Fifa's decision to back a proposal from Sepp Blatter to limit the number of foreign players in each football team to no more than 5 is a retrograde step.
As the EU has pointed out, such a proposal is incompatible with the right for European nationals to practise their trade anywhere in the EU. As such, it is a non-starter in terms of legality.
But supposing the proposal did go through, who would be the people most affected? Probably not the European players, who would still be able to go to just about any club they wanted, due to those freedom of movement rules. The ones who would be most affected would be African and Asian players, who would struggle to break into teams already stuffed full with the top European talent. The likes of Didier Drogba or Emanuel Adebayor would thus be denied a platform for their talents.
Although there is an issue about all the best African players now playing in Europe, which means that the game in Africa possibly hasn't developed as it should, the solution is not to slam the door shut on them.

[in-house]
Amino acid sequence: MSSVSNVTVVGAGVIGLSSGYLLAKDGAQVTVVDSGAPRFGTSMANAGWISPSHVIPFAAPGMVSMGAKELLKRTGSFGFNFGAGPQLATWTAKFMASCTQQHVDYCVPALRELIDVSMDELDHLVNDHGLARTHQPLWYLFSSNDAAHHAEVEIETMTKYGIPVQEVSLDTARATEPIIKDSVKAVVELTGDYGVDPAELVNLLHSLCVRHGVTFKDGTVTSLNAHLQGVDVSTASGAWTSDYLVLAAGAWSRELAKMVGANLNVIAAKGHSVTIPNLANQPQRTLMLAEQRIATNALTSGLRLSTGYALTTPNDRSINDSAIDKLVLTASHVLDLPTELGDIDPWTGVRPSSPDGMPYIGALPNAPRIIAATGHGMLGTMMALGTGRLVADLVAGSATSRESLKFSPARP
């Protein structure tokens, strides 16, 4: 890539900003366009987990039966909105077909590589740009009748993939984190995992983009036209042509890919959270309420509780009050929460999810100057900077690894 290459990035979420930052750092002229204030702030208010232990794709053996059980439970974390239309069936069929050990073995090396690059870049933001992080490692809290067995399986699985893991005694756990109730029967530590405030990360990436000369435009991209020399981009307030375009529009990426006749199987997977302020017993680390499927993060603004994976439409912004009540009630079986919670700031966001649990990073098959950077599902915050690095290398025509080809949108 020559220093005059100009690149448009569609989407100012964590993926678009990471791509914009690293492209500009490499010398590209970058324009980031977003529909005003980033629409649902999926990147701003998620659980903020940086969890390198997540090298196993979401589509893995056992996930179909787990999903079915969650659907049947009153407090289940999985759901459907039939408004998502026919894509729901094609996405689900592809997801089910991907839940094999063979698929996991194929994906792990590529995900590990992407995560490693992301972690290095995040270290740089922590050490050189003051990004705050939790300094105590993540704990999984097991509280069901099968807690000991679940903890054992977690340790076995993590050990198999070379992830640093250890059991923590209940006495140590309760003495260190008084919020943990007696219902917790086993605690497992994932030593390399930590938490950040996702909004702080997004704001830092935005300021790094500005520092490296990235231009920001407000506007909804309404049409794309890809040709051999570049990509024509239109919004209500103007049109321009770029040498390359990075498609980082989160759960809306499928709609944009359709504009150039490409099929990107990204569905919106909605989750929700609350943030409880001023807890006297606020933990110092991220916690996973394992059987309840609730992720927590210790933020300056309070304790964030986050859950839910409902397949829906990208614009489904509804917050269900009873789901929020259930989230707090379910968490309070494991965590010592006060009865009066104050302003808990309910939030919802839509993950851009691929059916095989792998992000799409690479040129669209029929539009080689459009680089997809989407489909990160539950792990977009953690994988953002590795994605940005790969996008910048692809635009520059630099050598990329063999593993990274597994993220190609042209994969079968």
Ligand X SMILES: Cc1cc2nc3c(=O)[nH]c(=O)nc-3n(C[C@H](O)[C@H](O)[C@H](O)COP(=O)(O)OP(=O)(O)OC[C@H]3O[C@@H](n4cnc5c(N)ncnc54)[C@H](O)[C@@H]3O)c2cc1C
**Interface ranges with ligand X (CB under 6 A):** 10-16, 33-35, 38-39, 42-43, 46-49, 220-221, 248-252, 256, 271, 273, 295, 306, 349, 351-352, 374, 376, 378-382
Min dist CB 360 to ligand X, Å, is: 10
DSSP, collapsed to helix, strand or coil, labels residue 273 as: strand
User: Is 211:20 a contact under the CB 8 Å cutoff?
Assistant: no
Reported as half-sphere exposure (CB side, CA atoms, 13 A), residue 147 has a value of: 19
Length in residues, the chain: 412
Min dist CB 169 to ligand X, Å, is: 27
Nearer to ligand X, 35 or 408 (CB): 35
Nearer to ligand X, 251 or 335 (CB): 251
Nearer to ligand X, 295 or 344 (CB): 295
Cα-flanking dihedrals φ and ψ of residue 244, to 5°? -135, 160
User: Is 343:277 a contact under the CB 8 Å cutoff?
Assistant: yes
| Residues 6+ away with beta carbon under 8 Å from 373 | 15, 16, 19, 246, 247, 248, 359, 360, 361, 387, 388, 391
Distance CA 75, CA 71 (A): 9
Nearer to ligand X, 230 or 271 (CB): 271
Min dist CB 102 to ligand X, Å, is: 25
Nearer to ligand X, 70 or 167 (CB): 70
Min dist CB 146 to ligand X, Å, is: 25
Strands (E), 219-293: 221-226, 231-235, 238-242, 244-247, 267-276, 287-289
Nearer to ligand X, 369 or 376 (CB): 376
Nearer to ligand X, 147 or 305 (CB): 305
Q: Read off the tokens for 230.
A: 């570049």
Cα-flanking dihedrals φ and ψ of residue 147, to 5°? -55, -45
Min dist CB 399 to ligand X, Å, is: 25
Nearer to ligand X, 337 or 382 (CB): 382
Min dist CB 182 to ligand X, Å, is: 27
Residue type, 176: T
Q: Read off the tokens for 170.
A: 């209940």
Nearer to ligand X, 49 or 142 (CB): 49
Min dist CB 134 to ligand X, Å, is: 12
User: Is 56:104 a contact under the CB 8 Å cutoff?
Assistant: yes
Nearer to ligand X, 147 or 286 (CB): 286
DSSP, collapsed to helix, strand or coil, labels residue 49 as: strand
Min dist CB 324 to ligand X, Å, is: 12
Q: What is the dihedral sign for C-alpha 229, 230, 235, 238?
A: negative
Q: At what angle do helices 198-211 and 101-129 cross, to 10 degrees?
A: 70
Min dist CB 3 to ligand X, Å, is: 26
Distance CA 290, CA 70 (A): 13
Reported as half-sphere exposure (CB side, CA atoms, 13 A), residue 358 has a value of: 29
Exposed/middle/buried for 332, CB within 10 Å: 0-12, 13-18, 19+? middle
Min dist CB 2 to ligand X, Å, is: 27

Rather than trying to block the free movement of players, Fifa should instead be trying to tackle the extremes in wealth among football clubs directly, although we should recognise that successful clubs are always going to get more money than unsuccessful ones. I wonder if there is a case for Fifa introducing some sort of payroll levy on all top-flight professional clubs, at say 10% of the total wage bill. The money could be used to help grassroots development and to support clubs in lower divisions, many of whom struggle financially.
But trying to tackle the disparities in wealth among clubs by limiting the number of foreign players they can play is a bad idea and should be booted out.
The Second Referendum, or, Obliquity
1 month ago